Hookworm infections, which cause severe anemia, are considered to be one of the major Neglected Tropical Diseases, affecting 700 million people worldwide. Despite important effort in the eradication of those helminths, current drugs are inefficient at sterilizing the parasite. As a consequence, reinfections are common, thus allowing the infection to persist. The main pathology associated with hookworm infection is anemia and is due to the chronic blood-feeding of the adult parasites throughout many years. One of the main topics of the lab is to understand the interactions occurring between the host cells, the microbiota and the parasitic worms within the intestine. One of our models is Heligmosomoides polygyrus (Hpb) infection. Hpb can remain for weeks within its host. Hence, the effect on the microbiota and the crosstalk with the host is more profound. We were already able to show that microbiota from Hpb-infected mice alone can replicate the protection against asthma induced by Hpb infection in mice. We are currently studying the impact of the microbiota on the worms during the course of the infection. To do so, we used primarily antibiotics treated mice which have a dramatically reduced intestinal microbiota. We know that in such situation the worm infection is more efficient which is mainly due to changes in the intestinal physiology. Interestingly, when mice are infected once and the worm is cleared with drugs to induce a protection against future infection (i.e. secondary infection), the protection is lost in absence of microbiota. The project will consist in investigating the immune response against Hpb infection during secondary infection in absence of microbiota. This would involve the analysis of intestinal tissue-associated immune cells as well as the role of the microbiota during the secondary infection. The techniques involved in the project are broad as it would require animal infection model, histology and imaging, FACS analysis, ELISA, qRT-PCR and more.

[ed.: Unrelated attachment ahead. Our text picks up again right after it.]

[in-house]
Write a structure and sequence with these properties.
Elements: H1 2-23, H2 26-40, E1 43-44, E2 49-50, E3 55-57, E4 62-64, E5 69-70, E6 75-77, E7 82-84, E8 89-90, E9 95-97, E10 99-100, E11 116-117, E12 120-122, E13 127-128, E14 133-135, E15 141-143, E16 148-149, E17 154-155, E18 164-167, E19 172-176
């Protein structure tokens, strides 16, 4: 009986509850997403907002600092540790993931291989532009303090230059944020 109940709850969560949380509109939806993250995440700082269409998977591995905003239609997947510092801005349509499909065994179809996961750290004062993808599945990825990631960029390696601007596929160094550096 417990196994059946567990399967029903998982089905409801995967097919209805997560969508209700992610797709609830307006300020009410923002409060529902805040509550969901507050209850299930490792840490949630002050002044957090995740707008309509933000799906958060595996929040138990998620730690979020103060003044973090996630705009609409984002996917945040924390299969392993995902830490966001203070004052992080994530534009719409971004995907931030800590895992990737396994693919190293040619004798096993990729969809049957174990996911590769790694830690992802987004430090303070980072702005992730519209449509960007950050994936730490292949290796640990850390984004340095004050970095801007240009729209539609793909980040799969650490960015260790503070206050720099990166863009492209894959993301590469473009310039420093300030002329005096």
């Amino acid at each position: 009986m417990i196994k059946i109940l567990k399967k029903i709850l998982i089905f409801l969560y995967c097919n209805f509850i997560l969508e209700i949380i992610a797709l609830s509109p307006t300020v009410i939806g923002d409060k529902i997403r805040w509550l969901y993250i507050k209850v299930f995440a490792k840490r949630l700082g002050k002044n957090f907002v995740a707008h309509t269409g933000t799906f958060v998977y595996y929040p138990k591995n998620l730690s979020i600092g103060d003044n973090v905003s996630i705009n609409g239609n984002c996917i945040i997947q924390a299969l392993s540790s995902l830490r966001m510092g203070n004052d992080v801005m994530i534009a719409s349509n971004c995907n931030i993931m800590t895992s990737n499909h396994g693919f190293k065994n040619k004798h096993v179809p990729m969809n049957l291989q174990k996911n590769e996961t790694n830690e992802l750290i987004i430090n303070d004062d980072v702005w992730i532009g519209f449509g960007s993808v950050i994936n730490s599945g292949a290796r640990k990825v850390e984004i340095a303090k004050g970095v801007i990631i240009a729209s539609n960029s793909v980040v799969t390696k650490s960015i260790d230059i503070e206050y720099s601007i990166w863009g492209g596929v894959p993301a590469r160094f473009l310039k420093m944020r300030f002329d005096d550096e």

helminth, microbiota, type 2 immunity, intestine
Central Clinical School›Immunology - Alfred
Alfred Centre, The Alfred Hospital